Lynch says no to Senate run; Capuano seen getting in

As politicians and policymakers continue to enter and exit the fluid field of U.S. Senate candidates, state lawmakers are gearing up to vote this week on the late U.S. Sen. Edward Kennedy’s request for an interim appointment.

One thing was for sure: U.S. Rep. Stephen Lynch finally found a special election he didn’t think he could win.

Citing an “insurmountable” time frame for putting together a statewide organization, Lynch (D-South Boston), the most conservative of the Bay State’s all-Democrat delegation on Tuesday took his name out of consideration for a run to succeed Kennedy.

Lynch, a former structural ironworker and labor and employment attorney, said in a statement that the “challenge of putting together the resources and organization necessary to wage a competitive statewide campaign in less than 90 days is insurmountable.”

Attorney General Martha Coakley, who has been maneuvering to run for more than a year, was the first to declare her candidacy.
Congressman Michael Capuano (D-Somerville), who shares representation of Dorchester with Lynch, is expected to officially announce his candidacy this week. City Year founder Alan Khazei says he is considering getting into the race. On the Republican side, state Sen. Scott Brown of Wrentham and Selectman Robert Burr of Canton have declared their candidacies.

Separately, a bill under consideration on Beacon Hill would hand Gov. Deval Patrick the power to name the appointment to serve until the results of the Jan. 19 special election are in. House lawmakers are expected to vote on the bill on Thursday.

Members of the Dorchester delegation have displayed a range of opinions on the possible change to a law that was last changed in 2004. At the time, Beacon Hill Democrats feared that then-Gov. Mitt Romney, a Republican, would replace U.S. Sen. John Kerry if he won the presidency. Almost entirely along party lines, the House and Senate voted to set up a special election process instead of giving the governor appointment power.

State Sen. Jack Hart and state Reps. Marie St. Fleur, Brian Wallace, Gloria Fox, and Marty Walsh all signed off on the change in the law in 2004. State Sen. Sonia Chang-Diaz and state Reps. Linda Dorcena Forry and Willie Mae Allen were not in office then.

But some are now expressing doubts. Hart told the State House News Service that lawmakers were weighing “the value and the importance of having two senators in this critical time, balanced by the electorate’s view of the Legislature” and perceptions of “sleight of hand.”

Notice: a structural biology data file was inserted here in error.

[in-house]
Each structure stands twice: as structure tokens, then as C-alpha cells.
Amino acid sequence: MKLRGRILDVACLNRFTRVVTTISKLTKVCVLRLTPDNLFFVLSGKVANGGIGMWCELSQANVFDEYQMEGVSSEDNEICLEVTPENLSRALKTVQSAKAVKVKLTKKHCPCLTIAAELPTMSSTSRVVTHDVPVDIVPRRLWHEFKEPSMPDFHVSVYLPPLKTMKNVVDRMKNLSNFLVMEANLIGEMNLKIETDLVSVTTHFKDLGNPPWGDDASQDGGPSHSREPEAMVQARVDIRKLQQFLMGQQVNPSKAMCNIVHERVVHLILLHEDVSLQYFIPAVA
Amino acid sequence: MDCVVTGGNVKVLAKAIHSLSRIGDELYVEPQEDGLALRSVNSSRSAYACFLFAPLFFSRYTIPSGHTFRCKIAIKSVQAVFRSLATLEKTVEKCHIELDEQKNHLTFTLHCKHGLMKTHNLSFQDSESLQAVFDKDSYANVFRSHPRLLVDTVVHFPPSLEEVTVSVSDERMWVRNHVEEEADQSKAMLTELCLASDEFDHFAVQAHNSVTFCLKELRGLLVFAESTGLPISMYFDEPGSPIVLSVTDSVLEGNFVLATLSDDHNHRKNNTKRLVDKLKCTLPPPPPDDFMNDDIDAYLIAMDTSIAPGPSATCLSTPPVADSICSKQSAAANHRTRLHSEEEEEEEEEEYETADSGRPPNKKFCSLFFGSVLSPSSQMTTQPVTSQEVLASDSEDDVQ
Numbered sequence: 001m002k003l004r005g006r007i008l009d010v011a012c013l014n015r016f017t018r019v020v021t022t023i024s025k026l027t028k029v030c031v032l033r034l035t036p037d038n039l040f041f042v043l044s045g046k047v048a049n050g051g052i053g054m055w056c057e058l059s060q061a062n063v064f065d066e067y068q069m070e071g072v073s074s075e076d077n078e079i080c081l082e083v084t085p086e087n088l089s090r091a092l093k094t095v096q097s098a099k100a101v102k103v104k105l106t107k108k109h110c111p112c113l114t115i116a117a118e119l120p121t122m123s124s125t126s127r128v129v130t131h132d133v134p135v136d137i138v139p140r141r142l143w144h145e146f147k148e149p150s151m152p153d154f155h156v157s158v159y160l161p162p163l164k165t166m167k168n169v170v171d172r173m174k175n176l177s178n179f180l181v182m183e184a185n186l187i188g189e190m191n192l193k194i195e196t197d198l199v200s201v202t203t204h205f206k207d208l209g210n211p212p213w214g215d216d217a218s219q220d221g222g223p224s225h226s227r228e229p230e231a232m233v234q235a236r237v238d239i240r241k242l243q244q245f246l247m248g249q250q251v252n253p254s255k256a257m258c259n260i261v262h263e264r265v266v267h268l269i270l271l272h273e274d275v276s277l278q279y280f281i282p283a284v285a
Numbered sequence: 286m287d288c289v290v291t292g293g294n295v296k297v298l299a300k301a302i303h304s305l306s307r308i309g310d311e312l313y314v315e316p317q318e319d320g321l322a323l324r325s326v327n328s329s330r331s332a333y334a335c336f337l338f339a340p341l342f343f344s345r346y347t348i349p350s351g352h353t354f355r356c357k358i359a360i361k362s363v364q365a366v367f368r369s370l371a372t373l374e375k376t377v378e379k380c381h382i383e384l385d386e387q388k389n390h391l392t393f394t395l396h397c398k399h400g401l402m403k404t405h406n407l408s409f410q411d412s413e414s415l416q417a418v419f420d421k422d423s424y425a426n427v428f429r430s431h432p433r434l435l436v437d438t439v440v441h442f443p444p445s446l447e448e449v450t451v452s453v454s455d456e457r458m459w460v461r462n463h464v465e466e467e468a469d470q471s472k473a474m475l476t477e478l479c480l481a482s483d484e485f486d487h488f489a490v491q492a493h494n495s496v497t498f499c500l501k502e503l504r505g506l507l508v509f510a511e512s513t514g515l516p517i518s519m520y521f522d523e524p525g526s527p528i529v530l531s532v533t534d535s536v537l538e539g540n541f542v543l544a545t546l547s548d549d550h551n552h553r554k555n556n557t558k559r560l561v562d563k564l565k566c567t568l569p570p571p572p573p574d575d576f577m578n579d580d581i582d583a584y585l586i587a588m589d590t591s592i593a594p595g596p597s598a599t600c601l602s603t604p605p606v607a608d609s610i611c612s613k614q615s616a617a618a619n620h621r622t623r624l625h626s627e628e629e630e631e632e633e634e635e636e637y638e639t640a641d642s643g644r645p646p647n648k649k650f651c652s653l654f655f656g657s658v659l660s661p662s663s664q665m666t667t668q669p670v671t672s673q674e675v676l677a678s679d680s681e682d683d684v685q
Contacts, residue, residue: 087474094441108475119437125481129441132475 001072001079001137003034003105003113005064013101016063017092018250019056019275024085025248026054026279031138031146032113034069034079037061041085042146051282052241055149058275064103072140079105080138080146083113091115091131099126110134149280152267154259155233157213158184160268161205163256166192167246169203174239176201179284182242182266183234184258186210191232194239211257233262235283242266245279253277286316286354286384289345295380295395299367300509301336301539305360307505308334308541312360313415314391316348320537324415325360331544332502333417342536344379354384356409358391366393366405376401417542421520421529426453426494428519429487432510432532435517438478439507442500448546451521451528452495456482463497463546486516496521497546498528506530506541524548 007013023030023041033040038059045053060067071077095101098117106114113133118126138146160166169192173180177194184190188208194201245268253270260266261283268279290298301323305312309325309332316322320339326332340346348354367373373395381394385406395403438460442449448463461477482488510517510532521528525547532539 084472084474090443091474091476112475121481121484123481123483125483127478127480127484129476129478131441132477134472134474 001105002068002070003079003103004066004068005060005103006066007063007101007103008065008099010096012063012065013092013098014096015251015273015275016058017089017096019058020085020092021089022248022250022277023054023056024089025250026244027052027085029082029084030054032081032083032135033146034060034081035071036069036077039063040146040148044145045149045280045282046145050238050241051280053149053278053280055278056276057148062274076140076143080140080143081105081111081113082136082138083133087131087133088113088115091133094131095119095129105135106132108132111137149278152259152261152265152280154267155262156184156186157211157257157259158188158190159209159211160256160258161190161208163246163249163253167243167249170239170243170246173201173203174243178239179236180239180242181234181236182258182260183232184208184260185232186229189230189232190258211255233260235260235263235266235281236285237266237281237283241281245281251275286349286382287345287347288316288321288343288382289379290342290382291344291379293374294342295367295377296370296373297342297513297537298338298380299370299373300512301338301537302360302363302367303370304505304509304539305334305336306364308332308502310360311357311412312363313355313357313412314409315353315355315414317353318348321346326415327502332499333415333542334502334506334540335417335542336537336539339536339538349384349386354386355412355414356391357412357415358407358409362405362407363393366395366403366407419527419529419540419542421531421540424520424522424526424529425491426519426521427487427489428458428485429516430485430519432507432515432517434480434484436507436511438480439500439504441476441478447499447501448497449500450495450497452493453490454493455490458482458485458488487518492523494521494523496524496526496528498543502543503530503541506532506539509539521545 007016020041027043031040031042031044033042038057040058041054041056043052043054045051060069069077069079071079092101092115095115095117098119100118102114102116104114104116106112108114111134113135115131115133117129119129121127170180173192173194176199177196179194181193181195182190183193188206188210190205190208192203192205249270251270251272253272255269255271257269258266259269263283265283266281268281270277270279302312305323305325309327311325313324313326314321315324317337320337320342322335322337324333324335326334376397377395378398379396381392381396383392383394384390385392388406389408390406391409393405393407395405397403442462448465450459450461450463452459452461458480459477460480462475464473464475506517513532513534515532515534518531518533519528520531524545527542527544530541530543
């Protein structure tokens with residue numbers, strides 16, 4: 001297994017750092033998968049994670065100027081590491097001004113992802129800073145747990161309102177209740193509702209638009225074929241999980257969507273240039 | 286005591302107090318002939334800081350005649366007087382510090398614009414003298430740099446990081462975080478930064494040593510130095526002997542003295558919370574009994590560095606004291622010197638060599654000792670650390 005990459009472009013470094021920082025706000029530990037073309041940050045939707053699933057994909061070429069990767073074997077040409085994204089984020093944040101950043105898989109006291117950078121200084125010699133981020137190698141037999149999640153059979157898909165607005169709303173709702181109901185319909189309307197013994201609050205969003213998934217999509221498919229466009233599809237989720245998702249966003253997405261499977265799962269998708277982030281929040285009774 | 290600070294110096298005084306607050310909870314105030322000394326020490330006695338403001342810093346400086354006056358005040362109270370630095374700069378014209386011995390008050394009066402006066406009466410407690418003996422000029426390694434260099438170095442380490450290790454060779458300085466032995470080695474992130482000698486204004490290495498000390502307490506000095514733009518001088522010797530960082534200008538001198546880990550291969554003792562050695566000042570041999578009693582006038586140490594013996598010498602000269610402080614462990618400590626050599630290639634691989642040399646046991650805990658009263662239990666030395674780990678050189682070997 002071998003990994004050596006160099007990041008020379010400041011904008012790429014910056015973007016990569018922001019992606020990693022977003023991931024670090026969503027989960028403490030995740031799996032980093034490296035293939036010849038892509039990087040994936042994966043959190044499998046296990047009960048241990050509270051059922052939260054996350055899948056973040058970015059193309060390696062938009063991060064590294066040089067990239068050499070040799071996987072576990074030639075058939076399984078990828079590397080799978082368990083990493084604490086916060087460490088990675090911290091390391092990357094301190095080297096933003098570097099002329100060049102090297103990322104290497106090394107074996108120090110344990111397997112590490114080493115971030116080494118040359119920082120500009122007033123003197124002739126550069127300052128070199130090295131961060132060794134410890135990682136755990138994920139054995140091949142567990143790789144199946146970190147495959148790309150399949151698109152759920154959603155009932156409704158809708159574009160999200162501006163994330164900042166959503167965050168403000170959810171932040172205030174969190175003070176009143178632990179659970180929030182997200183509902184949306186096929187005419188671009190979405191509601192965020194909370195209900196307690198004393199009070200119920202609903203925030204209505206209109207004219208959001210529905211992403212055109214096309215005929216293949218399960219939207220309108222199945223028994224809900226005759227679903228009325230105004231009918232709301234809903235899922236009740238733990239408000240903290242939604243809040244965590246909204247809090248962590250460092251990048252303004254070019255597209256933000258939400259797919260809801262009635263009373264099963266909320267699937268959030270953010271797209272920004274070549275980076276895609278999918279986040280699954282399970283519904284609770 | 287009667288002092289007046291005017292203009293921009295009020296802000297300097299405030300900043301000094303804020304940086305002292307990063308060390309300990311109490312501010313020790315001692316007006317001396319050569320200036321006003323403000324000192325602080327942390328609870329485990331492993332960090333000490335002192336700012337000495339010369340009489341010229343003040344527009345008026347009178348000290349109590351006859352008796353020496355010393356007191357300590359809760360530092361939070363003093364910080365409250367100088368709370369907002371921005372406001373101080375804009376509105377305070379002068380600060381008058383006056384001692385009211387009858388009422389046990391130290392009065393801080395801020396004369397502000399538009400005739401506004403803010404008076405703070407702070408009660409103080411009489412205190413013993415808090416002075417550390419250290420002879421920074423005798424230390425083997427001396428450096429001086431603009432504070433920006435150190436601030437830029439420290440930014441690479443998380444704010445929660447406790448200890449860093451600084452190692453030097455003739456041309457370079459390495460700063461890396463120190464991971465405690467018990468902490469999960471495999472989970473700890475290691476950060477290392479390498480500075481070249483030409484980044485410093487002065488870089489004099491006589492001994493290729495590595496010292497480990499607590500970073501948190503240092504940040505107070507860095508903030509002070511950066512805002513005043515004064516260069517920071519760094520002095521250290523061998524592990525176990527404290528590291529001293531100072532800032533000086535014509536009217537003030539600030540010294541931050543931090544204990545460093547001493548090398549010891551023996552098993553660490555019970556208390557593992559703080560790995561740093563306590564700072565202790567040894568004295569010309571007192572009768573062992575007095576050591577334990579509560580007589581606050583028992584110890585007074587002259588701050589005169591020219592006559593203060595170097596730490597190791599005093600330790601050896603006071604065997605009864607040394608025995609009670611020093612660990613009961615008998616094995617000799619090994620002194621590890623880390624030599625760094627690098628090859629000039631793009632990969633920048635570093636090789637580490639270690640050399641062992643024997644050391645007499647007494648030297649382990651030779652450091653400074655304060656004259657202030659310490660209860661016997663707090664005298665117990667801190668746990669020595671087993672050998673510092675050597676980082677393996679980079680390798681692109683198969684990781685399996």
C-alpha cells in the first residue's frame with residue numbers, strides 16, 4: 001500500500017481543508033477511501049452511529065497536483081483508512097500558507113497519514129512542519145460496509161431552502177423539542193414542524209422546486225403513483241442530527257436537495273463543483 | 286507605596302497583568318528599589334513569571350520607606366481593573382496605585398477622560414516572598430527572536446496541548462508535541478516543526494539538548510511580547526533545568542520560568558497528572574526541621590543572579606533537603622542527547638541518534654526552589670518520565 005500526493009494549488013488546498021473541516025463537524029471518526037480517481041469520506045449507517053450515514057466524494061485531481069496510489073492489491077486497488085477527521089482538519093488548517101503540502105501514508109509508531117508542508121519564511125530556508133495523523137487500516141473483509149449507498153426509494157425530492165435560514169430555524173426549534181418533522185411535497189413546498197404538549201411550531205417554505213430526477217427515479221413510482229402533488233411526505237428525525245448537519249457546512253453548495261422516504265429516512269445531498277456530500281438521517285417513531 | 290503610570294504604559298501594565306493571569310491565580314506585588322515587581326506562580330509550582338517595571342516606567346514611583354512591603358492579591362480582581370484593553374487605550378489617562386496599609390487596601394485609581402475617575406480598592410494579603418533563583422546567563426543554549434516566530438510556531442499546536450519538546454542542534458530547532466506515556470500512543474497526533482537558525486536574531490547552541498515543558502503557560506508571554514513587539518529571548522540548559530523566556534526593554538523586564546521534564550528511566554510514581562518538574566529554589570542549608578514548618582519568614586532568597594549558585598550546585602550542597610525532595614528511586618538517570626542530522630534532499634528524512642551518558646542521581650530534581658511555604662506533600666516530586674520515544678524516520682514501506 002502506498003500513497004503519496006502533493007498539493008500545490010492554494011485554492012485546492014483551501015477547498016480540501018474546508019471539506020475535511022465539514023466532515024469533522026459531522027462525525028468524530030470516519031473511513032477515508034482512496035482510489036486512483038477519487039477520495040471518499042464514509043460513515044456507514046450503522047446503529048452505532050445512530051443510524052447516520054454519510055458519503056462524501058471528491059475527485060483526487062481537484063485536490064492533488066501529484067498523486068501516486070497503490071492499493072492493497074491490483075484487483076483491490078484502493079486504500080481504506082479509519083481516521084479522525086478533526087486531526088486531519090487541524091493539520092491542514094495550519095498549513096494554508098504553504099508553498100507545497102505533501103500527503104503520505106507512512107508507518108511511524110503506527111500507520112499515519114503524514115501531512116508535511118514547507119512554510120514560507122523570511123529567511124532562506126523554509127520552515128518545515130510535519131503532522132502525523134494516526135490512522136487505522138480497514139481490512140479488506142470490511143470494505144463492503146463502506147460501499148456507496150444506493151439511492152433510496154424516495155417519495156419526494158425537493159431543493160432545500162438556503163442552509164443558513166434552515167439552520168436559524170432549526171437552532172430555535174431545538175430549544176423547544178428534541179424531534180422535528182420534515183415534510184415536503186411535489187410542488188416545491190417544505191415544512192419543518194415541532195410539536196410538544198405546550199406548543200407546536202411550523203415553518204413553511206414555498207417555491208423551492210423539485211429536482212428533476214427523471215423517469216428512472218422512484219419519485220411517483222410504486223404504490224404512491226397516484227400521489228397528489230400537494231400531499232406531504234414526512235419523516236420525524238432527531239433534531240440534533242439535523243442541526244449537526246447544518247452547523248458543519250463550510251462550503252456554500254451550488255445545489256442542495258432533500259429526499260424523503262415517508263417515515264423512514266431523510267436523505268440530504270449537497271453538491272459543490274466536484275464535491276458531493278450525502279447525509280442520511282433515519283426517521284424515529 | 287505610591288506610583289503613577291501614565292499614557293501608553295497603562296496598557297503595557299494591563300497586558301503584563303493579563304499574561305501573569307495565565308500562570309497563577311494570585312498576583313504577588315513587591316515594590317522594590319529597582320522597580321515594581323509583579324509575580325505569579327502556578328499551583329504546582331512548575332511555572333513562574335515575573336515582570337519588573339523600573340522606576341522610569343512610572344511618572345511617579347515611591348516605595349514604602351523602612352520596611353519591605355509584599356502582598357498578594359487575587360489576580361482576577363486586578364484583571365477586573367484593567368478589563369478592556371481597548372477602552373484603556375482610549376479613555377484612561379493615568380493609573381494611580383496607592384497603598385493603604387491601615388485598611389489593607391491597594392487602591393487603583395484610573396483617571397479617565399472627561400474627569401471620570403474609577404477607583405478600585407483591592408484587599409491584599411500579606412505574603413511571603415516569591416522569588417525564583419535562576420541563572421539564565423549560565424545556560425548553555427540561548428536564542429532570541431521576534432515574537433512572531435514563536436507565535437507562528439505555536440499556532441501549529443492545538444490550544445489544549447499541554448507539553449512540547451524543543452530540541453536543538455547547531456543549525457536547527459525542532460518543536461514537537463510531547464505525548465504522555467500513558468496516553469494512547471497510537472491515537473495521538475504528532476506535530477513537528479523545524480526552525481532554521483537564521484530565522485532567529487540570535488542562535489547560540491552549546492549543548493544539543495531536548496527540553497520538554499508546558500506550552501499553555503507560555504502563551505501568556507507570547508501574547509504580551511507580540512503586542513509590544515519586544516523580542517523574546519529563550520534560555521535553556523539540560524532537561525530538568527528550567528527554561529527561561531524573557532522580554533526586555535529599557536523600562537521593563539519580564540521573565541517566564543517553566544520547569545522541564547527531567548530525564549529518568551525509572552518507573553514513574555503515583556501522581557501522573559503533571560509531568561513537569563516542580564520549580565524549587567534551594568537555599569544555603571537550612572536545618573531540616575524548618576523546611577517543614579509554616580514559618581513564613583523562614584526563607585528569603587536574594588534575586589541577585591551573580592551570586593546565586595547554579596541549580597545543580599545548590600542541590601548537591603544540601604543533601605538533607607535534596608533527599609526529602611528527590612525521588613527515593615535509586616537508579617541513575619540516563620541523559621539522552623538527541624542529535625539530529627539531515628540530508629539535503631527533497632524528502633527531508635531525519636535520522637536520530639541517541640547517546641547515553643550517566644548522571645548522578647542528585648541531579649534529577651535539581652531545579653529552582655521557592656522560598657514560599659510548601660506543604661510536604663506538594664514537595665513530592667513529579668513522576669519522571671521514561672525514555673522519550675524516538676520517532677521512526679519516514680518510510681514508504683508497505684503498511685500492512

Wallace and Walsh have said they oppose changing the law.

Republican lawmakers have said Democrats are changing the law for political purposes and accusing them of hypocrisy over the change.
“I think it is the right thing for us to do,” Chang-Diaz told the Reporter, noting that a special election remains in place. “It’s not [a reversal].”

“I think it is a reasonable bill,” Forry said, while Allen added, “I certainly approve of the governor appointing an interim senator.” St. Fleur was non-committal, saying she still needed to read the bill. Fox said she wanted to be supportive of the bill, but was similarly non-committal.

As for the special election itself, Lynch’s decision disheartened some supporters. But money appears scarce in the weak economic climate and the Dec. 8 primary is right around the corner.

“Running statewide is a daunting task,” said Walsh, a Savin Hill Democrat and a top Lynch supporter. “It’s hard to put an organization together. You’re talking about thousands of calls you have to make. Some of the candidates were up and running earlier than we thought [they would be].”

Lynch “just didn’t have labor,” said one local political operative, unaffiliated with any of the campaigns.

Coakley has drawn a steady stream of support from labor unions, including the Teamsters Local 125 Union, International Brotherhood of Electrical Workers Local 103 and several local elected officials, including state Senate President Therese Murray. The two unions have ties to Mayor Thomas Menino, who has not publicly said whom he is supporting.

Others have pointed to the lukewarm reception Lynch received at a Labor Day health care rally on Boston Common last week as indicative of what he might have faced in a Democratic primary, thanks to his tepid reception to the idea of a government option in health care reform.

Lynch won his present seat in a 2001 special Congressional election, held on Sept. 11, the same day as the terrorist attacks, after the death of Congressman Joseph Moakley. He was a state senator at the time, winning that seat in a special election after then-state Senate President William Bulger stepped down.

Material from State House News Service was used in this report.

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